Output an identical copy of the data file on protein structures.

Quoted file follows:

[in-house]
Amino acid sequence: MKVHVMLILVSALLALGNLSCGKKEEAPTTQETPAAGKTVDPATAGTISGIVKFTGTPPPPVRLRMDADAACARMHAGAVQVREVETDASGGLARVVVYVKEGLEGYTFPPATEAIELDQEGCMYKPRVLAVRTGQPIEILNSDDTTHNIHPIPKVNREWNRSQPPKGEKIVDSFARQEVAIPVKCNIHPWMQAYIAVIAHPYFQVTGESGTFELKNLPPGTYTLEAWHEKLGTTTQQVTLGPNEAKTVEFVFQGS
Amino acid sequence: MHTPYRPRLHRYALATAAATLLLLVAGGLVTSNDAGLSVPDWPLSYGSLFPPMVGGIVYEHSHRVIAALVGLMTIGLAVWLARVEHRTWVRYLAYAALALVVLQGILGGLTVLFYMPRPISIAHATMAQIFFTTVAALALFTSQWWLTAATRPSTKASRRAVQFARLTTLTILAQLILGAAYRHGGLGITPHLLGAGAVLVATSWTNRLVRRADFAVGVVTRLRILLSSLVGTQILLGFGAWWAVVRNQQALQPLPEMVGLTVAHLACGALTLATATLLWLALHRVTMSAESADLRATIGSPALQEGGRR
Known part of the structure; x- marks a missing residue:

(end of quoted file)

[in-house]
Amino acid sequence: MKVHVMLILVSALLALGNLSCGKKEEAPTTQETPAAGKTVDPATAGTISGIVKFTGTPPPPVRLRMDADAACARMHAGAVQVREVETDASGGLARVVVYVKEGLEGYTFPPATEAIELDQEGCMYKPRVLAVRTGQPIEILNSDDTTHNIHPIPKVNREWNRSQPPKGEKIVDSFARQEVAIPVKCNIHPWMQAYIAVIAHPYFQVTGESGTFELKNLPPGTYTLEAWHEKLGTTTQQVTLGPNEAKTVEFVFQGS
Amino acid sequence: MHTPYRPRLHRYALATAAATLLLLVAGGLVTSNDAGLSVPDWPLSYGSLFPPMVGGIVYEHSHRVIAALVGLMTIGLAVWLARVEHRTWVRYLAYAALALVVLQGILGGLTVLFYMPRPISIAHATMAQIFFTTVAALALFTSQWWLTAATRPSTKASRRAVQFARLTTLTILAQLILGAAYRHGGLGITPHLLGAGAVLVATSWTNRLVRRADFAVGVVTRLRILLSSLVGTQILLGFGAWWAVVRNQQALQPLPEMVGLTVAHLACGALTLATATLLWLALHRVTMSAESADLRATIGSPALQEGGRR
Known part of the structure; x- marks a missing residue: